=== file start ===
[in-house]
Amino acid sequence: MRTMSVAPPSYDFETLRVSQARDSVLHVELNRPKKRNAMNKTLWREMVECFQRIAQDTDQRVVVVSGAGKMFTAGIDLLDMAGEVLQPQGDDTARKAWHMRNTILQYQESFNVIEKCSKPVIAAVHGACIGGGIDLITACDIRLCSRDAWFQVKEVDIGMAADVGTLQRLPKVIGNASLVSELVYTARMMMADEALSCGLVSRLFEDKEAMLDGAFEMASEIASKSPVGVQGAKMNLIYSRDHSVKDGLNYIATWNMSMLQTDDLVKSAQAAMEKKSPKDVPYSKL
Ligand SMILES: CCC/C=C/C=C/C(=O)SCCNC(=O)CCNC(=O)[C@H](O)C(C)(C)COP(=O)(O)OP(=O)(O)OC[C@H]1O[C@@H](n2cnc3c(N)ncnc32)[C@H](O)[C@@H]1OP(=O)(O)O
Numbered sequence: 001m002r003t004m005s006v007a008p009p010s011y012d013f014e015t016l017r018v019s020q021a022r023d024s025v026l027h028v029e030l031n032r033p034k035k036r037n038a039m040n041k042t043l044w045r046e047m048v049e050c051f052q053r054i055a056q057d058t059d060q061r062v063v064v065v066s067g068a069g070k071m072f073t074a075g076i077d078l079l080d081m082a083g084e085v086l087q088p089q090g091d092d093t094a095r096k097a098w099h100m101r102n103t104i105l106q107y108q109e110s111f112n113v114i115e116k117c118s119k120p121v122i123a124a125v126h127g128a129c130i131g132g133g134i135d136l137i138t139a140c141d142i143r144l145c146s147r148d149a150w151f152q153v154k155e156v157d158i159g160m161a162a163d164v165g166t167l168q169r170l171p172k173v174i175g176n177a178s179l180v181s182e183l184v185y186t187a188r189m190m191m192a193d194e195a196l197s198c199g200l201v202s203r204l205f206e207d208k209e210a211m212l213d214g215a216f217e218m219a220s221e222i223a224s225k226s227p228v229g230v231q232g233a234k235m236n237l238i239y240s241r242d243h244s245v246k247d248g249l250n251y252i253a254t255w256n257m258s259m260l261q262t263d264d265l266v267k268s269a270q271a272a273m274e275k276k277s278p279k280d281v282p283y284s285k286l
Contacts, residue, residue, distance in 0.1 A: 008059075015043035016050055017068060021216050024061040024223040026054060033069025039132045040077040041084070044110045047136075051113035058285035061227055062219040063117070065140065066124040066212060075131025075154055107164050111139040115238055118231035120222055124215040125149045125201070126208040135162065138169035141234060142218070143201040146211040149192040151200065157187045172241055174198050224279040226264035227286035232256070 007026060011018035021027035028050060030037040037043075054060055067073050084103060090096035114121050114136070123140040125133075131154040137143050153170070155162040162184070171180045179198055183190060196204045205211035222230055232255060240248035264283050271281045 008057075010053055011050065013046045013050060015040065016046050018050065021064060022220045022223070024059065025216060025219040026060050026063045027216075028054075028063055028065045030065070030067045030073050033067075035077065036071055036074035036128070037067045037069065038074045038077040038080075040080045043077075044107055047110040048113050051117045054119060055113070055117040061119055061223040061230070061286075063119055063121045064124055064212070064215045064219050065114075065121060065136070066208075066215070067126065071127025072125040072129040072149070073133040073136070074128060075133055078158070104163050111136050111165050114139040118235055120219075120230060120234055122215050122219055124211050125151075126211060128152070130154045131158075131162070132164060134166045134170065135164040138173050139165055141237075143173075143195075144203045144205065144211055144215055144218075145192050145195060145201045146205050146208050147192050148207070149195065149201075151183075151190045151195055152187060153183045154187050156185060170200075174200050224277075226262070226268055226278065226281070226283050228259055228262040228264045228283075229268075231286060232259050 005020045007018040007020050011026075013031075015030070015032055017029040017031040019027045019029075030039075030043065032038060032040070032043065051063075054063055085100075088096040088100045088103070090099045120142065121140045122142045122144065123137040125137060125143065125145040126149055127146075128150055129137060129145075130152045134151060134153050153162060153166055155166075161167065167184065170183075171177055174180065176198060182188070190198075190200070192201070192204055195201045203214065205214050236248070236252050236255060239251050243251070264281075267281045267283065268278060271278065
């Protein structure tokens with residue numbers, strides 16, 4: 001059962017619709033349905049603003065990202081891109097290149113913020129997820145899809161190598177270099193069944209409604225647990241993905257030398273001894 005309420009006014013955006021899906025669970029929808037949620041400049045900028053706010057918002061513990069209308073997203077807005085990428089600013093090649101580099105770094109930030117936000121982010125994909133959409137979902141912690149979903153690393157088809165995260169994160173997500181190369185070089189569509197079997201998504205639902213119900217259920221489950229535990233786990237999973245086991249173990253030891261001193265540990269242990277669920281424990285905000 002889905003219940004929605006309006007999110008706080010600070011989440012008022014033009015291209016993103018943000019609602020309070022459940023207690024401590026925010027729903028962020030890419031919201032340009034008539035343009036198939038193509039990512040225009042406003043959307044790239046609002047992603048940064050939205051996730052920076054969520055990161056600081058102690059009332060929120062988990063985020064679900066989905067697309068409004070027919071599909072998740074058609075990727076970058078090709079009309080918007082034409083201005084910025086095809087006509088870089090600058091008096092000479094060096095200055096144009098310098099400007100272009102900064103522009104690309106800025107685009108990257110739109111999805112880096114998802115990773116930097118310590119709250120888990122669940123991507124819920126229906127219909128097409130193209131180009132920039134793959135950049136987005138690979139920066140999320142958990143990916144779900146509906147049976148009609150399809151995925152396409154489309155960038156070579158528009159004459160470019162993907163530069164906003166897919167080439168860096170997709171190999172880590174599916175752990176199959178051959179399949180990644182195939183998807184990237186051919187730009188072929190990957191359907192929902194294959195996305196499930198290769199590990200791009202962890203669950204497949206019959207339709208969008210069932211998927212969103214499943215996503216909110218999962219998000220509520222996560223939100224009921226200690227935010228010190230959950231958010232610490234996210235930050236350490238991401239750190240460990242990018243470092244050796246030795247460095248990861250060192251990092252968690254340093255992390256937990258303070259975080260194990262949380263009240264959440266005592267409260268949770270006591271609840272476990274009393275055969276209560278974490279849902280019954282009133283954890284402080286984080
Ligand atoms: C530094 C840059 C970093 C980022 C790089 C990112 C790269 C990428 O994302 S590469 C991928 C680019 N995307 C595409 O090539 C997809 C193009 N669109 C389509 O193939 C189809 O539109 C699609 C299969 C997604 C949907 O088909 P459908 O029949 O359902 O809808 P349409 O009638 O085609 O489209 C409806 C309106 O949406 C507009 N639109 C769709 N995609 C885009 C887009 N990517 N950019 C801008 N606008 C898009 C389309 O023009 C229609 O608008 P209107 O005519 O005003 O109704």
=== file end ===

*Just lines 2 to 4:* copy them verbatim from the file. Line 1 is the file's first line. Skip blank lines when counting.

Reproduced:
Amino acid sequence: MRTMSVAPPSYDFETLRVSQARDSVLHVELNRPKKRNAMNKTLWREMVECFQRIAQDTDQRVVVVSGAGKMFTAGIDLLDMAGEVLQPQGDDTARKAWHMRNTILQYQESFNVIEKCSKPVIAAVHGACIGGGIDLITACDIRLCSRDAWFQVKEVDIGMAADVGTLQRLPKVIGNASLVSELVYTARMMMADEALSCGLVSRLFEDKEAMLDGAFEMASEIASKSPVGVQGAKMNLIYSRDHSVKDGLNYIATWNMSMLQTDDLVKSAQAAMEKKSPKDVPYSKL
Ligand SMILES: CCC/C=C/C=C/C(=O)SCCNC(=O)CCNC(=O)[C@H](O)C(C)(C)COP(=O)(O)OP(=O)(O)OC[C@H]1O[C@@H](n2cnc3c(N)ncnc32)[C@H](O)[C@@H]1OP(=O)(O)O
Numbered sequence: 001m002r003t004m005s006v007a008p009p010s011y012d013f014e015t016l017r018v019s020q021a022r023d024s025v026l027h028v029e030l031n032r033p034k035k036r037n038a039m040n041k042t043l044w045r046e047m048v049e050c051f052q053r054i055a056q057d058t059d060q061r062v063v064v065v066s067g068a069g070k071m072f073t074a075g076i077d078l079l080d081m082a083g084e085v086l087q088p089q090g091d092d093t094a095r096k097a098w099h100m101r102n103t104i105l106q107y108q109e110s111f112n113v114i115e116k117c118s119k120p121v122i123a124a125v126h127g128a129c130i131g132g133g134i135d136l137i138t139a140c141d142i143r144l145c146s147r148d149a150w151f152q153v154k155e156v157d158i159g160m161a162a163d164v165g166t167l168q169r170l171p172k173v174i175g176n177a178s179l180v181s182e183l184v185y186t187a188r189m190m191m192a193d194e195a196l197s198c199g200l201v202s203r204l205f206e207d208k209e210a211m212l213d214g215a216f217e218m219a220s221e222i223a224s225k226s227p228v229g230v231q232g233a234k235m236n237l238i239y240s241r242d243h244s245v246k247d248g249l250n251y252i253a254t255w256n257m258s259m260l261q262t263d264d265l266v267k268s269a270q271a272a273m274e275k276k277s278p279k280d281v282p283y284s285k286l